Life on a slippery slope: Perceptions of health in adults with cystic fibrosis

K. Lowton, Jonathan Gabe

    Research output: Contribution to journalArticlepeer-review


    This paper focuses on how adults with cystic fibrosis (CF) attending a specialist CF centre in the UK perceive their health. In common with many other genetic diseases, CF is traditionally conceptualised as a fatal childhood disease, yet the average survival age for those with CF has been steadily rising over the past half century. Thus it is now predicted that those born in 1990 will live on average for 40 years. To date, however, most sociological work has focused on children or adolescents affected by CF rather than on adults between the ages of 18 and 40, the focus of the study reported here. The paper shows that these adults' varying perceptions of health are related to the effects of CF, its treatment, and the context in which adults are placed. Four concepts of health are identified (health as 'normal', controllable, distressing and a release) along with certain styles, ways of coping and related strategies. Through these analytic distinctions the paper aims to make a contribution to the sociological understanding of lay concepts of health in adults with childhood or genetic disease.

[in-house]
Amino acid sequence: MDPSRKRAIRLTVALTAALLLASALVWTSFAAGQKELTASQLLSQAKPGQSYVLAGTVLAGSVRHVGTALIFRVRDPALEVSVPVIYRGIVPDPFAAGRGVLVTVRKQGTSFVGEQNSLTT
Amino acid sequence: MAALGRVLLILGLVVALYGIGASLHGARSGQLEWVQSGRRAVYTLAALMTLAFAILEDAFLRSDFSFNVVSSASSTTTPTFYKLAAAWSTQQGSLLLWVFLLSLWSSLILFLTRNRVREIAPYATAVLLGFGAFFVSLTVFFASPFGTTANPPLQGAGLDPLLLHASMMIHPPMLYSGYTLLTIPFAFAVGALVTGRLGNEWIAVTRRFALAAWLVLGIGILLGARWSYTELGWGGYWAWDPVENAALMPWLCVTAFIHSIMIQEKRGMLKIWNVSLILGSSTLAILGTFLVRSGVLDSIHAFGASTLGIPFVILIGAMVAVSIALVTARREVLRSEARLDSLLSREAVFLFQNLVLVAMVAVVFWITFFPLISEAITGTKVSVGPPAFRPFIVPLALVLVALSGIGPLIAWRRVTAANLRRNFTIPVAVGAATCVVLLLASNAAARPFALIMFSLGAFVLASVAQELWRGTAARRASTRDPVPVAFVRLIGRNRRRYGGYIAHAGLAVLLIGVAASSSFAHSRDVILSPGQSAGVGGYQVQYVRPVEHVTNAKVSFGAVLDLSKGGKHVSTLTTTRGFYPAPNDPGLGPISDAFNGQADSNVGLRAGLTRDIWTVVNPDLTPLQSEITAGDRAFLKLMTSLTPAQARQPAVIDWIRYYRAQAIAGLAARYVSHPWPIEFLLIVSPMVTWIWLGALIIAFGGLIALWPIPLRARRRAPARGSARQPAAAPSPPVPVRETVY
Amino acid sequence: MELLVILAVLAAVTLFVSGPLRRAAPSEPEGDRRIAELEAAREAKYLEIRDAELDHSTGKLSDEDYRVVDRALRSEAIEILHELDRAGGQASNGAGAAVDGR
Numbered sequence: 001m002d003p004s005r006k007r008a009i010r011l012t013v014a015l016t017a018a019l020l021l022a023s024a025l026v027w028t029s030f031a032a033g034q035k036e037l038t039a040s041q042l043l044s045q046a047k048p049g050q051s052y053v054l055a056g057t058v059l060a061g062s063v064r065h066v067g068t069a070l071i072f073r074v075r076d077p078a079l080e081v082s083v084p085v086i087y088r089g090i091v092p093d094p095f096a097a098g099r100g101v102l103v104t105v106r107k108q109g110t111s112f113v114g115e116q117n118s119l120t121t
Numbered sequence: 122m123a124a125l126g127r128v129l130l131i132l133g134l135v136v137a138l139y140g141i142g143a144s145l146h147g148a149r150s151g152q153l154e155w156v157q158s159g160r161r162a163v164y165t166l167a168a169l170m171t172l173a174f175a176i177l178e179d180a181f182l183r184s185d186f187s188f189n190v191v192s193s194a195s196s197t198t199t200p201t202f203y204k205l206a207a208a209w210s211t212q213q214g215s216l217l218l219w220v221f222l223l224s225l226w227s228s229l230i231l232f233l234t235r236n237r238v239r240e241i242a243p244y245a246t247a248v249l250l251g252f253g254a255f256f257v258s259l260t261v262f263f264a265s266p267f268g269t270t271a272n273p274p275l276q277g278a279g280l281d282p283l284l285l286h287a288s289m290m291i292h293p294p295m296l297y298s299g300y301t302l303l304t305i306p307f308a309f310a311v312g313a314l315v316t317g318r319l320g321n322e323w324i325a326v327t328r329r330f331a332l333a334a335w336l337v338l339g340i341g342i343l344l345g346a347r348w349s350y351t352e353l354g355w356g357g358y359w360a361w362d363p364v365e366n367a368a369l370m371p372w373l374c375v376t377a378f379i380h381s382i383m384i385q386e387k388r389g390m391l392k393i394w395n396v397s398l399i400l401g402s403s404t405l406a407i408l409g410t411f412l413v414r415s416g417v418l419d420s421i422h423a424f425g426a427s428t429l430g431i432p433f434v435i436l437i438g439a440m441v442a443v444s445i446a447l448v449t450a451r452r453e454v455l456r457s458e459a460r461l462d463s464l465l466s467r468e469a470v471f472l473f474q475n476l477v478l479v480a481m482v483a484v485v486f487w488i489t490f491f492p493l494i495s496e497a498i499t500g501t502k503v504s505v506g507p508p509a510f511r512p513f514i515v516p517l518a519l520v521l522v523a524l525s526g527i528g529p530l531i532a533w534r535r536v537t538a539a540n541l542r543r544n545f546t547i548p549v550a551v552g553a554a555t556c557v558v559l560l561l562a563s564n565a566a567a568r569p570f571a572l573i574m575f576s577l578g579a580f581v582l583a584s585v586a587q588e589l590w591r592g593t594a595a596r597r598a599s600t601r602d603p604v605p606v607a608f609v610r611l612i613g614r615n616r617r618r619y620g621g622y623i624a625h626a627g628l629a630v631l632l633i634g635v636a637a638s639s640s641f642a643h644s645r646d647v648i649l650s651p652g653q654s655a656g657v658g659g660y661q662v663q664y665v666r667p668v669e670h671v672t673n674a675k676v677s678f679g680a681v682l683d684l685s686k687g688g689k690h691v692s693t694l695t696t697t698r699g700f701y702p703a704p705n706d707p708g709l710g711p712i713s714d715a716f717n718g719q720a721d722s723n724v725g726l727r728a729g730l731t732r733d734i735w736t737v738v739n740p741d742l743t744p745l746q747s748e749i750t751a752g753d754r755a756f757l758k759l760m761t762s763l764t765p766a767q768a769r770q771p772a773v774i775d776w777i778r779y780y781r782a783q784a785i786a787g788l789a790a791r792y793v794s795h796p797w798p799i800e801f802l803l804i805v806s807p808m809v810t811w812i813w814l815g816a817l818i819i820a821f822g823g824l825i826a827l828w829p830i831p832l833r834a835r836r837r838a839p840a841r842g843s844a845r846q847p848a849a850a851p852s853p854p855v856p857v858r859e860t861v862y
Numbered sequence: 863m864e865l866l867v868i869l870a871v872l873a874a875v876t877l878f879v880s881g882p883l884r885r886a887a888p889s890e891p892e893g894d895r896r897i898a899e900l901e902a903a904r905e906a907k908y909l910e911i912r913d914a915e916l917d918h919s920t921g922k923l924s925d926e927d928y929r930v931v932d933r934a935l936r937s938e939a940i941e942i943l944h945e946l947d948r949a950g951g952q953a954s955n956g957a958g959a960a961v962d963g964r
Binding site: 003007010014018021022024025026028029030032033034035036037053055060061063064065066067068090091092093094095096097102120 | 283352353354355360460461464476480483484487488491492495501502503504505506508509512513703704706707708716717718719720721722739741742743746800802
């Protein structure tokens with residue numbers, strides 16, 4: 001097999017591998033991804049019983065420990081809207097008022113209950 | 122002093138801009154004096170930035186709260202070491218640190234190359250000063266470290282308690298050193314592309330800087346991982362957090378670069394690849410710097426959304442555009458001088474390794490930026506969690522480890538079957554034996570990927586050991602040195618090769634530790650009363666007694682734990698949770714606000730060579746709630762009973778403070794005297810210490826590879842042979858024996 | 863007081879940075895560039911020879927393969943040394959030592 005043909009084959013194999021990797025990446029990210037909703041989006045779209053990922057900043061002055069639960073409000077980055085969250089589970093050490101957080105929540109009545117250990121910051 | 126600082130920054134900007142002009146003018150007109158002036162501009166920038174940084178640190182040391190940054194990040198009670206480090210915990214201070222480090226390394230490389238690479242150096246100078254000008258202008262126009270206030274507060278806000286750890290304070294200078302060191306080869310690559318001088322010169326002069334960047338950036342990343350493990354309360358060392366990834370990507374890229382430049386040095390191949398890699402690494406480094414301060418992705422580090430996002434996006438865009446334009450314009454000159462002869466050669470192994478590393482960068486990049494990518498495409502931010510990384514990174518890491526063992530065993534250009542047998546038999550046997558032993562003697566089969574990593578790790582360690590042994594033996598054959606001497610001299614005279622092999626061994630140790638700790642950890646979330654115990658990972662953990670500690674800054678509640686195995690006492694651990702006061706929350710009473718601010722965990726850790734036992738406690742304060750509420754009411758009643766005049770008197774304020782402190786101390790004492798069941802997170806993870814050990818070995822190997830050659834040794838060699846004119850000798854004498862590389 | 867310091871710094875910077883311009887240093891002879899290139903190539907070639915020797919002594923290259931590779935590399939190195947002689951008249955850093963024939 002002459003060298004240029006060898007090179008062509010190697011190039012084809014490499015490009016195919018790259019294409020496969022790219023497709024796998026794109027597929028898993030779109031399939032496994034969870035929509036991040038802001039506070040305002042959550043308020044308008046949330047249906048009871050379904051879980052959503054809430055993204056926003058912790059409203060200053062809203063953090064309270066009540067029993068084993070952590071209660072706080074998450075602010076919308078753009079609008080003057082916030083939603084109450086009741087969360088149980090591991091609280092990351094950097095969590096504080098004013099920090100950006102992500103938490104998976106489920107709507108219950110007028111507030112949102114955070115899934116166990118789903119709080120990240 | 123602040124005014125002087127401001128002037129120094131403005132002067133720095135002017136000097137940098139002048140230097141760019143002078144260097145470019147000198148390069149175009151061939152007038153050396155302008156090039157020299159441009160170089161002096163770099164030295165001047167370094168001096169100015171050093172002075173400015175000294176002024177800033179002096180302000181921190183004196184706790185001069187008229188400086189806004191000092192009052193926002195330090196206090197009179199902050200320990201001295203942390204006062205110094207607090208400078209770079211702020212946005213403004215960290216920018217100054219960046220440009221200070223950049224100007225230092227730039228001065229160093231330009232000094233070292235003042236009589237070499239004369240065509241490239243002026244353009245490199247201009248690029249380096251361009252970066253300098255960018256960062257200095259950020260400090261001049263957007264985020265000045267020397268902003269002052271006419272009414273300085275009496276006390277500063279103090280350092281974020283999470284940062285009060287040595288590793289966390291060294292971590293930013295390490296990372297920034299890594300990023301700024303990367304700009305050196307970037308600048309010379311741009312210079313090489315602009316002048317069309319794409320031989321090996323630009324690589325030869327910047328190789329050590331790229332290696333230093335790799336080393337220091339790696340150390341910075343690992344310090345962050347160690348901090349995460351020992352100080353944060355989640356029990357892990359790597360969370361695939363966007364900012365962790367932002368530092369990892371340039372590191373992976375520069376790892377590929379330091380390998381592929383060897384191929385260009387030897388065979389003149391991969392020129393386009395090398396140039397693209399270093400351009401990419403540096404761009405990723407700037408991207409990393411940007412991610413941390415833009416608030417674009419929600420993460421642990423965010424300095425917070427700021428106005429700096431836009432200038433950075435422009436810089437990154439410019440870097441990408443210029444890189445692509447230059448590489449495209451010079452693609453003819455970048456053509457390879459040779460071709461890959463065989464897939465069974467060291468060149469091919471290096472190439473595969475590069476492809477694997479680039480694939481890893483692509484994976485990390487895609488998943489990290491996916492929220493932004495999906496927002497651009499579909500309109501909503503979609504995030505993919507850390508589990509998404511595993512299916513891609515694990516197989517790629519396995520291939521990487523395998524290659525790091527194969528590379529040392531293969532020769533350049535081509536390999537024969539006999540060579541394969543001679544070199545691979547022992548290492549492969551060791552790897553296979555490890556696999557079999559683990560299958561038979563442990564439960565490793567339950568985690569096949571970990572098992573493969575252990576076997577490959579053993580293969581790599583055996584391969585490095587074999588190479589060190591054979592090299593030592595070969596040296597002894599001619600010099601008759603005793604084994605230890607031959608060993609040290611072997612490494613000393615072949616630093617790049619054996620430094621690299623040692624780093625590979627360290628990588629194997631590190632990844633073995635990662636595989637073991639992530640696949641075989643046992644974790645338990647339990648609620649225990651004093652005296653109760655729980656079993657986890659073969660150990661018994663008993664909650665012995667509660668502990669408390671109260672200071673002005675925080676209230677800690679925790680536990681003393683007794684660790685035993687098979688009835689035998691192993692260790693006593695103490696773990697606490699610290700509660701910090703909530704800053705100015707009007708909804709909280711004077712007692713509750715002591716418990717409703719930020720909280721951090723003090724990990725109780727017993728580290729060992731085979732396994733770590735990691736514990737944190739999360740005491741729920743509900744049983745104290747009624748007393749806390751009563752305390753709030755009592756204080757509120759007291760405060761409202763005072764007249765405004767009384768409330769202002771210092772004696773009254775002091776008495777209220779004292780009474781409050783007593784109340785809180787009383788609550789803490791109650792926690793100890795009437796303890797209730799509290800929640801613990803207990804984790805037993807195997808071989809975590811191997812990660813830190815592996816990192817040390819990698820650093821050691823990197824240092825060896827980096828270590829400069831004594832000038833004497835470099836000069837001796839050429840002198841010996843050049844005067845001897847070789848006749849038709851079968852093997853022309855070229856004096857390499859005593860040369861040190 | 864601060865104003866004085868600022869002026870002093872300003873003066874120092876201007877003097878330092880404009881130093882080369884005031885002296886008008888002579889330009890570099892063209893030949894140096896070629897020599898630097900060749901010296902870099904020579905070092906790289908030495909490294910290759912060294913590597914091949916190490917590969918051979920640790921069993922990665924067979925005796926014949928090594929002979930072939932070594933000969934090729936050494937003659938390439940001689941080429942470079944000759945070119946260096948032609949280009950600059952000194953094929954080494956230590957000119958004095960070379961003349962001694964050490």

Original languageEnglish
    Pages (from-to)289-319
    Number of pages30
    JournalSociology of Health and Illness
    Issue number4
    Publication statusPublished - 2003


    • health perceptions, cystic fibrosis, adults, styles, coping, strategies

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